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Friday, March 25th, 2011

My Child Looks Nothing Like Me!

My Child Looks Nothing Like Me! / © Ian D. Keating

My husband and I are opposites. He has black hair—that rare, true, deep black—which is thick and wavy. I have straight, fine, reddish hair. His eyes are deep brown, mine are green. I am so fair that I can get sunburned just thinking about the sun; he sports a deep tan year round.


So perhaps it shouldn’t be surprising that we each have a child who looks nothing like us.


Matt, our oldest, takes after his dad. While his hair isn’t true black, it is deep brown. His eyes are the exact color of my husband’s. No need to worry about excessive sun exposure—I only put sunscreen on him if we’re going out at noon in the summer. When he was a baby, I was occasionally asked if I was his nanny. Other kind souls would look from him to me and say, “He must take after his father”. I wish I could say it never bothered me that we don’t look much alike, but that would be a lie. It was as if my DNA had made no contributions at all, and I would scrutinize his tiny baby face to search for something, anything, that clearly came from my side of the family.


When our second son was born, imagine our surprise when he turned out to have fair skin, light brown hair and big blue eyes. It was my turn to have a mini-me, and my husband’s turn to have people look surprised when they saw him carrying this pale, fair child around. You would think I would be happy to have a child who is obviously, undeniably from my side of the family. You’d be partly right. I like to imagine that my son’s blue eyes were inherited from my father and from my maternal grandmother; two very important people in my life. It’s fun to look at pictures of myself when I was a baby and note how my hair curled the same way. But I also feel strangely… guilty. Everyone knows that brown eyes are dominant, right? How could it be that Ramzi has blue eyes? A (thankfully) few people have even jokingly asked if the mailman wasn’t involved in his conception.


It turns out that eye color is one of those incredibly complicated things that doesn’t fall into a simple DNA binary. There are three color alleles, blue, brown and green and depending on family history, brown eyes can even be recessive to blue. Oh, and did I forget to mention this? My husband’s father has green eyes. Most of that side of the family has blue eyes and light brown or blond hair.


When people look at us questioningly, and this happens quite often, we tell them that there are blue eyes in my husband’s family. They nod and I try to tell myself that they are convinced. It’s ridiculous, I know, to worry about what others are thinking, but there you have it.


When we go out together, we look like two separate families spliced together. Father and big boy, mother and baby. People say things like, “Oh, your kids look nothing like each other!” Or, “Oh, they’re almost identical except for their coloring!” Or “Wow, they look so much like you!” Or “Wow, they look nothing like you!” All families like to search out family resemblances and ours are no exception. We put pictures of cousins next to each other and exclaim over the similarities while ignoring the differences. In the end, it turns out that DNA is in the eye of the beholder.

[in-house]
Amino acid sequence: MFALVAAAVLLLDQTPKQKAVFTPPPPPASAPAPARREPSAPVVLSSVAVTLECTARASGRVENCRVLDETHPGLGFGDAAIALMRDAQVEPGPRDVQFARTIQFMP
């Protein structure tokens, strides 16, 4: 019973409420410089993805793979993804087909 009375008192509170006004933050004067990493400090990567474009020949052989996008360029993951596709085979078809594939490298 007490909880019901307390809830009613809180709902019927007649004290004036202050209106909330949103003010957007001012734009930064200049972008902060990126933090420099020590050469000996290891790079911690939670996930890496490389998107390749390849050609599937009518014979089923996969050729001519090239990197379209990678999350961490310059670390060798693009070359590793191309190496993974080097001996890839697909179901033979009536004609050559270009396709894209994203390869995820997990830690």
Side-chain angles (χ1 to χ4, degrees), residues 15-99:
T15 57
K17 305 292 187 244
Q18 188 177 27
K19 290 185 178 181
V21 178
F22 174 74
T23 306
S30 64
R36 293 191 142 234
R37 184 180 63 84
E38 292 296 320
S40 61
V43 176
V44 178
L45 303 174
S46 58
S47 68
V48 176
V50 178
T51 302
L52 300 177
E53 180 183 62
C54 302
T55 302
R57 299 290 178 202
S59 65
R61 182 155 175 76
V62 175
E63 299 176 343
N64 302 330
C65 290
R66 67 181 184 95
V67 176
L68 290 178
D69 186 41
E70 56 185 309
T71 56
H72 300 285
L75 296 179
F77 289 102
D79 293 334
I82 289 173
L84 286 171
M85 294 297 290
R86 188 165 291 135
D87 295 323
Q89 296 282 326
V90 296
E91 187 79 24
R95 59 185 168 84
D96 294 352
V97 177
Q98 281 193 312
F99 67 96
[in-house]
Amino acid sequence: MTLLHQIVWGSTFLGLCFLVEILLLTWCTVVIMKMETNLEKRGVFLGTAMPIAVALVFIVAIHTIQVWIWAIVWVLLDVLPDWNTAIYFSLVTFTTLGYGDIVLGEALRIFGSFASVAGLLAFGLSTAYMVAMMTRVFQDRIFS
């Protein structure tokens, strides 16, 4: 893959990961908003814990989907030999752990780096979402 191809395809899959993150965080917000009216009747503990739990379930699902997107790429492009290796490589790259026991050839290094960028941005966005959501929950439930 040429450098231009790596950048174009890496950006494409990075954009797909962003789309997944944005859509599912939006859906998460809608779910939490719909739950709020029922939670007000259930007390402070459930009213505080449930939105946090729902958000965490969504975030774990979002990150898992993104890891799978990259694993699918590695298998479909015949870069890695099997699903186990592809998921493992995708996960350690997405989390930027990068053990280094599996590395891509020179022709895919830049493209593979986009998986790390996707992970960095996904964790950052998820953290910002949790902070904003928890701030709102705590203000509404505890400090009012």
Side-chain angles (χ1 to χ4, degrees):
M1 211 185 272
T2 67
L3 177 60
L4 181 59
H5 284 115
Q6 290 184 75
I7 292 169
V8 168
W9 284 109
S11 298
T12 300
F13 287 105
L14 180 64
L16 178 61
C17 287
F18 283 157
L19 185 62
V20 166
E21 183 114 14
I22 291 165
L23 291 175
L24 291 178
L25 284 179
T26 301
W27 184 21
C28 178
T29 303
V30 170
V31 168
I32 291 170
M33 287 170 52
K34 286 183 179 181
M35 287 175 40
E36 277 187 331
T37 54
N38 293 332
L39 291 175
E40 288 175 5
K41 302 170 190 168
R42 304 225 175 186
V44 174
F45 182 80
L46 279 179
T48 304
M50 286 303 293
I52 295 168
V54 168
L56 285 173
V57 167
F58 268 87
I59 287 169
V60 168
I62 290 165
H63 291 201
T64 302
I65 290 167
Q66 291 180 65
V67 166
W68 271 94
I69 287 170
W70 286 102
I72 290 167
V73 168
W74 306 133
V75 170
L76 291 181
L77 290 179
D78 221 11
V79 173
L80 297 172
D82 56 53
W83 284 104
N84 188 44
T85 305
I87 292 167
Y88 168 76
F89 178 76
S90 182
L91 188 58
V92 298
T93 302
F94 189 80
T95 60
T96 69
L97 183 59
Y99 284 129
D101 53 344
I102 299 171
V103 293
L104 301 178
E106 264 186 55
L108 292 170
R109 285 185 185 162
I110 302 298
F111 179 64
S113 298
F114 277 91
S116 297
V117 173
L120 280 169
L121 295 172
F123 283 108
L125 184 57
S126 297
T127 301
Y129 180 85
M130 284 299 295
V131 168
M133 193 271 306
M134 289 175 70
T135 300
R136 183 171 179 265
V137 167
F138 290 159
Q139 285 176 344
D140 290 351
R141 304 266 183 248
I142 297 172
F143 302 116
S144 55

© 2011 – 2013, Mary Hackett. All rights reserved.

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Mary Hackett was born and raised on the Texas/Mexico border. She moved to France in 2000 after graduating from the University of Chicago, and aside from a year back in the US has lived there ever since with her Franco-Lebanese husband and their two sons. They are raising their kids trilingually in English, French and Arabic.

Leave us a comment!

  1. Commentssaill   |  Friday, 25 March 2011 at 5:38 pm

    When my hazel-eyed daughter was young she was quite blond, whereas my hair is very dark and my eyes are green. We would often go out with a dear blond, hazel-eyed friend. Almost invariably, a stranger would ask my friend how old her little girl was. My friend would say something like “I think she’s about two-and-a-half.” The poor stranger would look very confused, and we would all try to keep straight faces.

  2. CommentsAmmena   |  Saturday, 26 March 2011 at 2:01 am

    interesting.. I dont have children yet, but I constantly wonder what our children will look like with me being British/Spanish and my husband Pakistani :) we both would love them to take on my eye colour or a version of but we will just have to wait and see I guess :D

  3. CommentsHeather   |  Saturday, 26 March 2011 at 12:18 pm

    My husband is olive-skinned, dark Italian. I am dark-haired. We both have brown eyes that have some green in them. Imagine our surprise at getting two blonde-haired kids, one with light grey eyes, the other with light hazel (the kind that change colors depending on what she’s wearing.) My husband’s darker brother has four blonde, blue-eyed kids — but their strawberry-blonde, blue-eyed mother explains at least some of that. All those “rules” we were taught in high school genetics were wrong!

  4. Commentsolga   |  Friday, 18 May 2012 at 5:18 am

    have used this iphone app mybabyface it predicts based on parents and grand parents traits. you can find more info here or diectly in appstore

  5. CommentsBridget   |  Wednesday, 28 January 2015 at 10:43 pm

    My 71 year old father and younger brother who will be 40 next year look so much alike with the same hair color and eye color. They even have the same walk and hold their cigarettes the same way. My older brother looks like my mother in drag, however!

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